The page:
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Abstract - Epidemiology of Candida colonization and infection in medical surgical intensive care unit of a tertiary care hospital
Afzal Azim, Armin Ahmed, Arvind Kumar Baronia, Reema Yadav, Preeti Sharma, Rungmei SK Marak

Epidemiology of Candida colonization in medical surgical intensive care unit of a tertiary care teaching hospital of North India

Afzal Azim1, Armin Ahmed2, Arvind Kumar Baronia1, Reema Yadav3, Preeti Sharma3, Rungmei S. K. Marak3

1Department of Critical Care Medicine, Sanjay Gandhi Postgraduate Institute of Medical Sciences, Lucknow, India

2Department of Critical Care Medicine, King George’s Medical University, Lucknow, India

3Department of Microbiology, Sanjay Gandhi Postgraduate Institute of Medical Sciences, Lucknow, India

 

ABSTRACT

Objective: Invasive candidiasis is associated with increased morbidity and mortality in critically ill patients. Current study was undertaken to study the colonization trend in critically ill patients admitted to a medical /surgical ICU of a tertiary care teaching hospital.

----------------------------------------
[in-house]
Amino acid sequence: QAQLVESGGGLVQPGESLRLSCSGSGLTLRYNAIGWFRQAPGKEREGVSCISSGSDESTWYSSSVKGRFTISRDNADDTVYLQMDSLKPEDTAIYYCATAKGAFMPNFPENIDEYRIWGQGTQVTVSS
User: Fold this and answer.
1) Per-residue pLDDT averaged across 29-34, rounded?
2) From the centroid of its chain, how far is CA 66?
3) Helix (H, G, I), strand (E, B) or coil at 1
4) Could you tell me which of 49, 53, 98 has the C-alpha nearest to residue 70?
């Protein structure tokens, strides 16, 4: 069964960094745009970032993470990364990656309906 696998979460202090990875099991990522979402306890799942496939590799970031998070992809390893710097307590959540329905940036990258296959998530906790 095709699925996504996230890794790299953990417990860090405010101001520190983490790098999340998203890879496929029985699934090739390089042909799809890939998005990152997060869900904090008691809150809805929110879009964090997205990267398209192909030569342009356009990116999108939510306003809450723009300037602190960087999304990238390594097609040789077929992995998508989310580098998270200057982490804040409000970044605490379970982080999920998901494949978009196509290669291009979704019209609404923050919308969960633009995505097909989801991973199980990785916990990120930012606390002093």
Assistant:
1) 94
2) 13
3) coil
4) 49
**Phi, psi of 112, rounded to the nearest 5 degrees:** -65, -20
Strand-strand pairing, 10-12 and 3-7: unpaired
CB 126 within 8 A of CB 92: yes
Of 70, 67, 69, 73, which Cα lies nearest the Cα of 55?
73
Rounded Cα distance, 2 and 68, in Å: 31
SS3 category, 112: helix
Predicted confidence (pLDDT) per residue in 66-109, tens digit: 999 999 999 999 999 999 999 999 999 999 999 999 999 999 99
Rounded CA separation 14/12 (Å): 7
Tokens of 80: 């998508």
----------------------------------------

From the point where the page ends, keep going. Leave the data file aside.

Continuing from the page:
Methodology: Data for the current study has been derived from a larger database generated for external validation of risk prediction scores for invasive candidiasis conducted in a 12 bedded medical/surgical ICU of a tertiary care hospital of North India. Non neutropenic adult patients with >48 hours of ICU stay were included in the study. Colonization surveillance samples were collected from oral cavity, endotracheal aspirates, axilla, perineum and urine at the time of admission and then on 3rd, 7th, 14th and 21st day of ICU stay. Blood culture samples were taken at admission and then as per physician’s discretion.

Results: Total 200 patients were enrolled from July 2013 to November 2014. Ninety five percent patients were colonized with Candida either at admission or during their stay in ICU. The most common species responsible for colonization was Candida glabrata (27%) followed by C. tropicalis (20.5%) and C. auris (18%). Seventeen patients developed Candida blood stream infection. C. tropicalis was the most common species causing candidemia. C.auris was most frequent colonizer of axilla (54.2%), while rectal swabs had high growth of C. glabrata (44.9%).

Conclusion: Our study population had high rate of Candida colonization. C. glabrata was the most common colonizer followed by C. tropicalis.  J Microbiol Infect Dis 2018; 8(4):147-152.

Keywords: Candida auri, Candida colonization, Candida glabrata, Candida tropicalis; critically ill  

Volume 08, Number 04 (2018)